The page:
Momentary Affects

a single emotion, each day in 2011

Posts Tagged ‘January10

010.365 Tucson, Arizona

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‘Words are deeds’ was one of Freud’s famous edicts for the power of language. Words can change the substance of a moment, of a momentary affect.

In Tucson, Arizona on Saturday, a 22-year old, Jared Lee Loughner, stepped out and shot six people dead, and left others, including the US Congresswoman Gabrielle Giffords, critically ill.

There is plenty of talk about Loughner’s mental state. He suffered from mental illness, and links are being made to his actions and his heavy drinking and marijuana use, social isolation and an inability to empathise with others.

Loughner also, it emerges, had a grievance with Giffords for not answering a question about grammar. Reported on the Guardian website:

Some, however, are seeking to connect Loughner with a fringe, far-right political thinker who shared the 22-year-old’s obsession with grammar and how it supposedly plays a central role in government mind control programmes.

Former friends have recounted that Loughner had a fixation for grammar and words, saying that he challenged Giffords at a previous public meeting with the impenetrable question: “What is government if words have no meaning?”

In one of his video diatribes posted on the internet, he said: “The government is implying mind control and brainwash on the people by controlling grammar. You control your English grammar structure.”

Some reports have connected this with the arguments of David Wynn Miller – or as he styles himself, Judge David-Wynn: Miller – whose near-impenetrable, capital letter-heavy website expounds the notion that grammar is used to control the populace, and that by inserting colons or hyphens into your name you can escape taxable status by becoming a “prepositional phrase”.

Miller appears one of those people for whom the subject has become too excessive a condition of experience.

It is a stark question: What is government if words have no meaning? Another stark question posed on US news channels, one asked by the woman who managed to take the second magazine of bullets from Loughner’s hand long enough for him to be overpowered: how can someone hate so much?

Or another question: what kind of grievance can a rejection spur? An unanswered question and a 22-year old man driven to kill.

I found myself caught up in an initial wave of indignant anger at Sarah Palin, the US governor of Alaska, who advocates “don’t retreat, reload” as political cant, and published on her website a list of congressmen and women ‘in her sights’ for political targeting; the symbol she and her campaign team used on the website for the targeting were the crosshairs of a gun target. (Later, I hear on the radio that another political candidate in the recent US election put the initials of his opponent on a gun target, and shot at them.)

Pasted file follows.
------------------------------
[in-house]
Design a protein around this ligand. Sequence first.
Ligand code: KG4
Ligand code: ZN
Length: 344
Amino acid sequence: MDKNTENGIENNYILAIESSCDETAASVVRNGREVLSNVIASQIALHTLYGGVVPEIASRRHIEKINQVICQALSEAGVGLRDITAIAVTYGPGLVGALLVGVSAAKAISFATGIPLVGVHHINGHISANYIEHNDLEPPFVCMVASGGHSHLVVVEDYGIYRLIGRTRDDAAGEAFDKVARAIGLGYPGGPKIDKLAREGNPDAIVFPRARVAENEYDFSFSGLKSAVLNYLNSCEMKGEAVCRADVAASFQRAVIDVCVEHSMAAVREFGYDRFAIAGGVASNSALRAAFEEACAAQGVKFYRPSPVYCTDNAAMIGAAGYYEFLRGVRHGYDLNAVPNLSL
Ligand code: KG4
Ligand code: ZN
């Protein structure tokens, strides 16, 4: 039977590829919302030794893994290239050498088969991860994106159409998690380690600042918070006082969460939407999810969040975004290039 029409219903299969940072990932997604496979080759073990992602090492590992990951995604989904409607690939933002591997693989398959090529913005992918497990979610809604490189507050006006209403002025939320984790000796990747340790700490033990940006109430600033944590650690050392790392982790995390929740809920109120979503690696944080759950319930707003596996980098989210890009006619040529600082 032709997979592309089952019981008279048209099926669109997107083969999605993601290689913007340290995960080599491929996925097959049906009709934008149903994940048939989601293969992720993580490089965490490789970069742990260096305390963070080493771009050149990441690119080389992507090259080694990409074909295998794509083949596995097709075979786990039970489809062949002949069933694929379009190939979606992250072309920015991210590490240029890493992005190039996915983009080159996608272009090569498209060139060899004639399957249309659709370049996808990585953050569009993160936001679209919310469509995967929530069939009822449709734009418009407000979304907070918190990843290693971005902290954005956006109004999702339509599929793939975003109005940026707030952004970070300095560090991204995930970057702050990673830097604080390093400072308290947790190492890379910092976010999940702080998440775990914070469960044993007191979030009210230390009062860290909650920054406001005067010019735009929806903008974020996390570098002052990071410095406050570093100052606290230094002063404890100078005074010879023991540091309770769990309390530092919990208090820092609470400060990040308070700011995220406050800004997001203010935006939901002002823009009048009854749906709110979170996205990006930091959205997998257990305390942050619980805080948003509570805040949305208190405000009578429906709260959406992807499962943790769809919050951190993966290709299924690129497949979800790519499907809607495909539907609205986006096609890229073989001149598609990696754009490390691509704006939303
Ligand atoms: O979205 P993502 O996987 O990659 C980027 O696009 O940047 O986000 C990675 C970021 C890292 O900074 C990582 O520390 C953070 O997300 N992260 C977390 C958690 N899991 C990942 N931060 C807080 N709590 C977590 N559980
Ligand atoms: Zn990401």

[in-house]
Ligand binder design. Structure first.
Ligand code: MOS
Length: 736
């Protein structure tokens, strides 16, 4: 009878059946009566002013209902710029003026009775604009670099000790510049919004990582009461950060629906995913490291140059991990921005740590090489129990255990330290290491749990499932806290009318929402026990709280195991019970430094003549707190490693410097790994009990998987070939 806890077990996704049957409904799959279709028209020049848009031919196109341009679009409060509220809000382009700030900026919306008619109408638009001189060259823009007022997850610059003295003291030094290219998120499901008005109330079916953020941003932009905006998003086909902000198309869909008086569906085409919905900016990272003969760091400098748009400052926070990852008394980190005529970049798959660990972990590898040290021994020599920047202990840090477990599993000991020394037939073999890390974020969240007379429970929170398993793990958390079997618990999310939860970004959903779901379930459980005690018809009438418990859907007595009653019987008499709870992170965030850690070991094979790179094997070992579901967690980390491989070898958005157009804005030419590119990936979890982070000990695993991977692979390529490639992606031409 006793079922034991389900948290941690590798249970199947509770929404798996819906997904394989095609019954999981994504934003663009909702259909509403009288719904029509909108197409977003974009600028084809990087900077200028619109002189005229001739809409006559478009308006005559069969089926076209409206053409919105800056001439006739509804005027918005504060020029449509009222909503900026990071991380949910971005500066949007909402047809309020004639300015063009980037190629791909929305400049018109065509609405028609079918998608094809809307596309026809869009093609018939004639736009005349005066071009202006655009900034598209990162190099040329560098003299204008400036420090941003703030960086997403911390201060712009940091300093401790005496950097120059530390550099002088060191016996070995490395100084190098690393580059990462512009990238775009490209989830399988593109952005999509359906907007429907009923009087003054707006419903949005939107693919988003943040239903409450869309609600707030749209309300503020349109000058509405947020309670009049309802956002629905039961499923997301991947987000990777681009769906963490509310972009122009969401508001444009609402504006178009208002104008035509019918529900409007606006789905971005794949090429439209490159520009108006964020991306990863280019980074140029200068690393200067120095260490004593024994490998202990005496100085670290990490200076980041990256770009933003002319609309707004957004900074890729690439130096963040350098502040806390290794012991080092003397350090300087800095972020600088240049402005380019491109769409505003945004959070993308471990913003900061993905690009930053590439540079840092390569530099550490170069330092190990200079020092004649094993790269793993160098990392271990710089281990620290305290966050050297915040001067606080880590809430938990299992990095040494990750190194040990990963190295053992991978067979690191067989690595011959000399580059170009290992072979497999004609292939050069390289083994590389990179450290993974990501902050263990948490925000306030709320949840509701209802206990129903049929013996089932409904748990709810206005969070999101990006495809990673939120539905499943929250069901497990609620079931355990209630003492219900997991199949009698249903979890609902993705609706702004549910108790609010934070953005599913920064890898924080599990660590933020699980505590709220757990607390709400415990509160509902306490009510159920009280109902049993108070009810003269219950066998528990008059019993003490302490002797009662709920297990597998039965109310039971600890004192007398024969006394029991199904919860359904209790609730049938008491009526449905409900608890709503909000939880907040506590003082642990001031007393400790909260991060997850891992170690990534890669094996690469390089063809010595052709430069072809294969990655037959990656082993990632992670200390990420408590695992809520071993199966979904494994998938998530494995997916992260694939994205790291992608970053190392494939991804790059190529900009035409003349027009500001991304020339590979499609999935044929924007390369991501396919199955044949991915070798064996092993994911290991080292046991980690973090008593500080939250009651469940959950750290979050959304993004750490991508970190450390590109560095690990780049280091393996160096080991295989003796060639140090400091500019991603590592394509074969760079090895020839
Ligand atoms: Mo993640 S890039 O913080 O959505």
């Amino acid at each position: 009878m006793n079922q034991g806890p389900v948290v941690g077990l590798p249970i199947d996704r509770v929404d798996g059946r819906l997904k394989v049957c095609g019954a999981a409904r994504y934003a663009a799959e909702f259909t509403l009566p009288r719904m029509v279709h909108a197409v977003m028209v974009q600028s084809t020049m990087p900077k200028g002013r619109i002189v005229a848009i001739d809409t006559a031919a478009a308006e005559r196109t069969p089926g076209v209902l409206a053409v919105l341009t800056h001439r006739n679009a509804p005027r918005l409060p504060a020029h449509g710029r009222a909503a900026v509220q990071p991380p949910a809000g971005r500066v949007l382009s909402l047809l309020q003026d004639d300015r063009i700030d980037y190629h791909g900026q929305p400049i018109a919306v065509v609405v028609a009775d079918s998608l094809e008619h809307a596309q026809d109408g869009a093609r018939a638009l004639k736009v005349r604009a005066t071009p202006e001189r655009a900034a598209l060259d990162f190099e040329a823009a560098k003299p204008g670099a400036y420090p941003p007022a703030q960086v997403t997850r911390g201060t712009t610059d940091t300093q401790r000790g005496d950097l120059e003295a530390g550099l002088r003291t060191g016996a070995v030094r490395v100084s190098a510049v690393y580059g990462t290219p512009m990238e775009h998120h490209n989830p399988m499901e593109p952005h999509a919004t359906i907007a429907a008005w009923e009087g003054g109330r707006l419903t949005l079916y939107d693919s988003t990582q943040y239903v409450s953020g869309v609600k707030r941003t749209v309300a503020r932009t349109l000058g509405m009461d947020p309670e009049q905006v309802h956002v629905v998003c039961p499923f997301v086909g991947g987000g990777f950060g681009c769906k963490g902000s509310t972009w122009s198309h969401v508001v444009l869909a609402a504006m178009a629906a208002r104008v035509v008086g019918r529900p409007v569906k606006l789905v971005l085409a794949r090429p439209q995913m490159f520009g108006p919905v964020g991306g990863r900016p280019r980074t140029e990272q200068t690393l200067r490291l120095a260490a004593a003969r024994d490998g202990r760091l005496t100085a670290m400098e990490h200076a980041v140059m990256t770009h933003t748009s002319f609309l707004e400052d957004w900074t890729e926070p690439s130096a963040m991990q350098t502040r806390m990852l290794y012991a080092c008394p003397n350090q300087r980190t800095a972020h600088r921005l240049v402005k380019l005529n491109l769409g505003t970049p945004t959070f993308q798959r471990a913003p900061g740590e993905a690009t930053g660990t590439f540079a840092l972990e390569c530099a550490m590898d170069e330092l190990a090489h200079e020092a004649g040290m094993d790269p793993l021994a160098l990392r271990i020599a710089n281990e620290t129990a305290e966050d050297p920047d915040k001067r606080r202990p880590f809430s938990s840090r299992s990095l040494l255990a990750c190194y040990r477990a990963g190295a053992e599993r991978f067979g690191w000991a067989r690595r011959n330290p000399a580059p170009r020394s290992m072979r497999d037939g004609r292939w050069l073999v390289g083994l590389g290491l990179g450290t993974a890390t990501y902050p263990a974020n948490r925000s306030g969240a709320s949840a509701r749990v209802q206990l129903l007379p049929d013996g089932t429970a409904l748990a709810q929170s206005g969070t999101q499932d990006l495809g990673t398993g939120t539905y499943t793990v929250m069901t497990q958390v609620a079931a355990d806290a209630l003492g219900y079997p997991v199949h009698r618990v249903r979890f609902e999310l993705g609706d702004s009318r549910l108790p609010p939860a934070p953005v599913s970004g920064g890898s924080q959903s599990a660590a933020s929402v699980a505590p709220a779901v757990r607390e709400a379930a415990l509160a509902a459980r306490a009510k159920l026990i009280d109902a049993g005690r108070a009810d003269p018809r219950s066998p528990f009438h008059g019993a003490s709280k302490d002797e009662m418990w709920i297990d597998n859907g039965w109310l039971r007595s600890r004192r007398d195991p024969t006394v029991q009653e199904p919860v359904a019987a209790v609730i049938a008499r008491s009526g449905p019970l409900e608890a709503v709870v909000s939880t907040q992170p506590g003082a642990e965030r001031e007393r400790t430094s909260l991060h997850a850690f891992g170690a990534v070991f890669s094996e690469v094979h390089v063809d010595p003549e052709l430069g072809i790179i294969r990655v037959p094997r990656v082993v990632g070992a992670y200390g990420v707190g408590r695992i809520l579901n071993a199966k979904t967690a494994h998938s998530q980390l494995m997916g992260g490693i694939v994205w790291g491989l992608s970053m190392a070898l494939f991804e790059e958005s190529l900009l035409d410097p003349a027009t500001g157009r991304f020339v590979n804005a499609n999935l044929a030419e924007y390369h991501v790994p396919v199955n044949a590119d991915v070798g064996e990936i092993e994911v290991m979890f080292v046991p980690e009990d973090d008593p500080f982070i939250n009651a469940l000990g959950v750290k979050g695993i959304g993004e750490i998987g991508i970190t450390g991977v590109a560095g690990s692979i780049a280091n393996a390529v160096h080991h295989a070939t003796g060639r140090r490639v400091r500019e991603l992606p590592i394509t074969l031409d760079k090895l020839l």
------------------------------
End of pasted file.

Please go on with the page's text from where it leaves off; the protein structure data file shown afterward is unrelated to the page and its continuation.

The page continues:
On Twitter, I began re-tweeting the links to (and righteous vitriol towards) Sarah Palin’s website. A follower notified me that Palin had offered her condolences on Facebook. My response was facetious, short and crude. The next morning, embarrassed, I avoided looking at what response it may have garnered. There was none.

A grievance. We associate grievances with the world of work, of taxation, of unfair actions leading to long but often low-level resentment. For what was Jared Loughner grieving? Perhaps grievances are stronger emotions than capitalist corporate structures have allowed them to be. They are flattened into pancake emotions, stretched thinly over time, without the weight or substance to suffocate, but there, always, heavy and uncomfortable. But perhaps a grievance is a strong emotion, a consuming affect, something that undoes the standard chain of events. Perhaps too many grievances at work have extracted from situations the grief, and left only the resentment.

In David Wynn Miller’s Quantum Dictionary is this entry:


Another typical entry is this:


There is no entry for grief, grievance, emotion, hurt, hate, resentment, or any other emotion. Only nouns of things, such as DROGUE (a sea anchor) and VASSALEE (servant).Sometimes words are deeds, and sometimes they are not.



Written by alockwood

January 10, 2011 at 4:13 pm

008.365 Not business-as-usual (at #netrootsuk)

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The crowd has been promised something else: definitely not business-as-usual. If anyone states the facts about social media (“blogging is good!”; “Twitter is the future!”) they are to be shot; or at least thrown out. Perhaps one of these threats is a joke—Sunny Hundal, by default today the name and face of The Left, and chair of the conference says that only one of the panellists is actually funny.

Is it him? No, it’s Clifford Singer, the man behind and, who holds his piece together with wit and laughter. Because they, of course, are not business-as-usual for conference presentations. But it’s sharp. Engaging. He wins friends.